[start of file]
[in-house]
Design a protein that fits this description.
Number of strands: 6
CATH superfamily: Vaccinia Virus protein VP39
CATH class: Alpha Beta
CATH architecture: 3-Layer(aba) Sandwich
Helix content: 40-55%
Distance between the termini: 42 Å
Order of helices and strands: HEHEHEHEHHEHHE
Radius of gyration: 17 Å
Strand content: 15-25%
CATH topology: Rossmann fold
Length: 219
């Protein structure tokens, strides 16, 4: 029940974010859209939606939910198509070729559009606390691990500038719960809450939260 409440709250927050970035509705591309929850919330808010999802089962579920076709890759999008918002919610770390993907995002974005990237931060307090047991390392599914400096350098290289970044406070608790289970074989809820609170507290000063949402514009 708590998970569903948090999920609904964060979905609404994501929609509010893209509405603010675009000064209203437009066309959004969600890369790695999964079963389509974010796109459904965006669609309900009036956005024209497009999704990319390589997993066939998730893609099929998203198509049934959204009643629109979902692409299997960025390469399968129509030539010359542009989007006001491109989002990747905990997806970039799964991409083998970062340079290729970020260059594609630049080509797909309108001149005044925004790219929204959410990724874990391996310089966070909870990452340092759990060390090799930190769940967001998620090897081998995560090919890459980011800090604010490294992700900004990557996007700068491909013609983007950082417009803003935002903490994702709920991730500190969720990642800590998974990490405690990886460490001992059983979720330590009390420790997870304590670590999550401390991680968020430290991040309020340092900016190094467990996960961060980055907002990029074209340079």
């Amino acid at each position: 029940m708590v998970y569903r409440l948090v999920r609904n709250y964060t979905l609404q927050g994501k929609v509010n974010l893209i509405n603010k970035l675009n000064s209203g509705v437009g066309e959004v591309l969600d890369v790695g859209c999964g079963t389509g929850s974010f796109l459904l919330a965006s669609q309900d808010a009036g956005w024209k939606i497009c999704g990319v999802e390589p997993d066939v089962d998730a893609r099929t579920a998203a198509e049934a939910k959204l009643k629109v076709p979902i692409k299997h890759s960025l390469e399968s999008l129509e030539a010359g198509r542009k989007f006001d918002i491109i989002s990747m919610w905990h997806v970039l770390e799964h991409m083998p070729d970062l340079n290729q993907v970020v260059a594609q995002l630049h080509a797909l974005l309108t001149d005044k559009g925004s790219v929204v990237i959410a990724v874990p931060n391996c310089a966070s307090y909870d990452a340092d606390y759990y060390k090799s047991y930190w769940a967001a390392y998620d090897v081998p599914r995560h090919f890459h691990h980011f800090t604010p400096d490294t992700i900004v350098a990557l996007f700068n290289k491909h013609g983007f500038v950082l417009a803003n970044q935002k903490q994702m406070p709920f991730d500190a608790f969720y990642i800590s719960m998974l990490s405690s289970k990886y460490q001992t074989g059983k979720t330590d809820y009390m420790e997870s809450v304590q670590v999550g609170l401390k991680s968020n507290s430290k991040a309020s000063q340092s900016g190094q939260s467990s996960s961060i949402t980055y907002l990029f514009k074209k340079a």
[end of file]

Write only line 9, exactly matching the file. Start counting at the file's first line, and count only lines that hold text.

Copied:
Order of helices and strands: HEHEHEHEHHEHHE